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Courtney Orton ReportingThe tragedy at the Crandall Canyon Mine has prompted some people to question the cost and the risks of mining coal.
Those questions come as Salt Lake City receives a grant from the U.S. Department of Energy aimed at boosting the use of solar power in the city.
Salt Lake City was selected as just one of 13 cities in the United States to receive the grant, which goes hand in hand with Solar Salt Lake, a project intended to scatter solar panels throughout the valley.
There is some debate though, on whether the benefit of placing those panels outweighs the cost.
Salt Lake City Mayor Rocky Anderson says, "You don't find people dying mining solar power. You don't see local health consequences. You're not factoring those into your cost."
Those are just some of the reasons behind the push for the Solar Salt Lake Project.
Salt Lake City, Salt Lake County, Utah Clean Air, Rocky Mountain Power and Kennecott Land are teaming up to reach a goal of installing 10,000 new solar systems in the Salt Lake Valley by 2015, but it's going to take money.
That's where a grant from the U.S. Department of Energy comes in. It will allot the city $200,000 in assistance, plus an additional $200,000 each year for technical support.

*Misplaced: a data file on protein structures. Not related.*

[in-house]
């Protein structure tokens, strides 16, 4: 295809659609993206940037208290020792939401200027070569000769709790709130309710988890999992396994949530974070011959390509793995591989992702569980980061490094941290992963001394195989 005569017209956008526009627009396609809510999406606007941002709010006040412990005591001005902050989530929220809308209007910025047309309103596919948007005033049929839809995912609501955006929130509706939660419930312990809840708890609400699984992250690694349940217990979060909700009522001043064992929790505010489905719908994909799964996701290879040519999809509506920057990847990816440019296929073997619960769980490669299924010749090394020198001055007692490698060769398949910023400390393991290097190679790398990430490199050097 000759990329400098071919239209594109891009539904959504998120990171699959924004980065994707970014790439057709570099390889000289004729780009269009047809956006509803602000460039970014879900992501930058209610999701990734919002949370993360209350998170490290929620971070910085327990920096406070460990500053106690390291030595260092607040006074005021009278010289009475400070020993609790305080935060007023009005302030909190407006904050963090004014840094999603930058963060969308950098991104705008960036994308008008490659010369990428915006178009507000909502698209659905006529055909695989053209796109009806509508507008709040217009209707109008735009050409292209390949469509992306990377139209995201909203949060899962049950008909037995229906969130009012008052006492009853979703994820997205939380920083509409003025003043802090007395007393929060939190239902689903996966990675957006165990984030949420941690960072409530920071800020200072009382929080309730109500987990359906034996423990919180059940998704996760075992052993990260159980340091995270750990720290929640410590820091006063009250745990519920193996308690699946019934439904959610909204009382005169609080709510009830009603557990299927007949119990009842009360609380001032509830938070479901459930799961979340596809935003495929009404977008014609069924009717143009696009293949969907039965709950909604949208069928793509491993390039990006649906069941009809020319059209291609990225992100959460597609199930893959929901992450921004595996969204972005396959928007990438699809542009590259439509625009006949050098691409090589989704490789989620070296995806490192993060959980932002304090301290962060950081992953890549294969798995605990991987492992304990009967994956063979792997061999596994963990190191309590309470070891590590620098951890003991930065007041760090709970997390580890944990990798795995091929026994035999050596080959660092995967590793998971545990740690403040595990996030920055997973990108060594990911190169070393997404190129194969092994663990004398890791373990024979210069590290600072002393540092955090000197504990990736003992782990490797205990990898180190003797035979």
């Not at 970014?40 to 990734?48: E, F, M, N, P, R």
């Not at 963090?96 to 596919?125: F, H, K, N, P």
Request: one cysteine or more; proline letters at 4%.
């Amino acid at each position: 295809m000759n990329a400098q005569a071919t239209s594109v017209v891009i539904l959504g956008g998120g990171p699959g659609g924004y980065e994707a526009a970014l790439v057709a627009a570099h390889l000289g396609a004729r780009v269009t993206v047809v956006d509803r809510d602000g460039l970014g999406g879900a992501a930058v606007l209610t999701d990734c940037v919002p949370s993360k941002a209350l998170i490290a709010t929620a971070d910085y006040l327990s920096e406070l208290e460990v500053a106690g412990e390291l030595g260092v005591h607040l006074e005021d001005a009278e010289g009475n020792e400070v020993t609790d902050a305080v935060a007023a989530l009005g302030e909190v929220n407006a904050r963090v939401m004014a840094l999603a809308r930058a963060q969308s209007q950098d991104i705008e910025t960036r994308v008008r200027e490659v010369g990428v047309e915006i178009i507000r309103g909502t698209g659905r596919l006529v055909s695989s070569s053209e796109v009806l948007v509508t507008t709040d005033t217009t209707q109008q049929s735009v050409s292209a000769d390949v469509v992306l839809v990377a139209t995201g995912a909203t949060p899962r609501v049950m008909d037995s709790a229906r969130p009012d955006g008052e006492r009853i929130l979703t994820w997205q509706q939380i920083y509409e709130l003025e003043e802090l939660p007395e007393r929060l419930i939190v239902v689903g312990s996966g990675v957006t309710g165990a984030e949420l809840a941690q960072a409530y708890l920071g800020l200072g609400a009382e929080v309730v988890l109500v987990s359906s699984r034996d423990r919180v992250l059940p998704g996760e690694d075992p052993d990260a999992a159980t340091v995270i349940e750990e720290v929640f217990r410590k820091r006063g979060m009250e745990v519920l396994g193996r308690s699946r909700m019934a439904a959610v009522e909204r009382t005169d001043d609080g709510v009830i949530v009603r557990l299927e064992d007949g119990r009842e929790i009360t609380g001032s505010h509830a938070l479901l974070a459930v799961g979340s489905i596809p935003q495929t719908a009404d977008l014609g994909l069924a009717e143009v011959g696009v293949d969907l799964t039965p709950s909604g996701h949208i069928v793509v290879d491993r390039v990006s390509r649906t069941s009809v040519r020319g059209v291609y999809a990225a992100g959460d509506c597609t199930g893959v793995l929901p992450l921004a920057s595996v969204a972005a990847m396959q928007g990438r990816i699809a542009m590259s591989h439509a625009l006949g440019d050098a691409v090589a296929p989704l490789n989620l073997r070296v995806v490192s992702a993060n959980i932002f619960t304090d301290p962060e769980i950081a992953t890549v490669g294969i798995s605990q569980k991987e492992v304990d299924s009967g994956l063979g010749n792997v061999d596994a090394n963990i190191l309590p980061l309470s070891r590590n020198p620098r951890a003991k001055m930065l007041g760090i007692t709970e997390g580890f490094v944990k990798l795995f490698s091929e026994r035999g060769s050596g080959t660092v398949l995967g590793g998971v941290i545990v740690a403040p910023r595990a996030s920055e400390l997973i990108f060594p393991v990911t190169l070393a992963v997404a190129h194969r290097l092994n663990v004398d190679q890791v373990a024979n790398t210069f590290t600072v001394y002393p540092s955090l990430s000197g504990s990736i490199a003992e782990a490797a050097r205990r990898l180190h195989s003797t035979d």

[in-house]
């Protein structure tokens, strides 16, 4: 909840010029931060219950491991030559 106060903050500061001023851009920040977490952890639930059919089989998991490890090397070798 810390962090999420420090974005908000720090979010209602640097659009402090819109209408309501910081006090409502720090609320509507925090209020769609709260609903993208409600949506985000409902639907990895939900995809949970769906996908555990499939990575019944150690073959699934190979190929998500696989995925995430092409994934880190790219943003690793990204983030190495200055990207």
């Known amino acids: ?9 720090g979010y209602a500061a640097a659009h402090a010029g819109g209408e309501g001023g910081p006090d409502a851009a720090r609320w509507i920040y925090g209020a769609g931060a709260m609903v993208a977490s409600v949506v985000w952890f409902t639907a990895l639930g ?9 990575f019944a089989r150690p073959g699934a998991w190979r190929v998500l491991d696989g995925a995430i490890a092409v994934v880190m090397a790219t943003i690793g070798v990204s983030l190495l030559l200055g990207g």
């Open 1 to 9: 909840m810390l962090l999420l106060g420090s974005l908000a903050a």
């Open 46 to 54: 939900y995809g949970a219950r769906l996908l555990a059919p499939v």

"We can no longer afford to build the way we've been building; we can no longer afford to drive cars the way we've done it in the past," said Salt Lake County Mayor, Peter Corroon. "Solar energy is certainly one of our opportunities."
Today's project kickoff took place outside the Salt Palace Convention Center where solar panels on the side of that building's roof create enough energy to power two levels of a parking garage.
Sarah Wright, Utah Clean Energy, said, "We stand here under the heat of the sun. It goes without saying that Utah has an incredible and untapped solar resource."
The partnership hopes Solar Salt Lake will encourage solar energy use in communities and businesses. Corroon said, "Using more renewable energy will lead to a more sustainable future for all of us. It leads to cleaner air in our valley, and it leads to a better community for each of us and our families."
Salt Lake City and Salt Lake County plan on working to speedup the permitting and zoning process for solar projects, as well as creating incentives for solar use.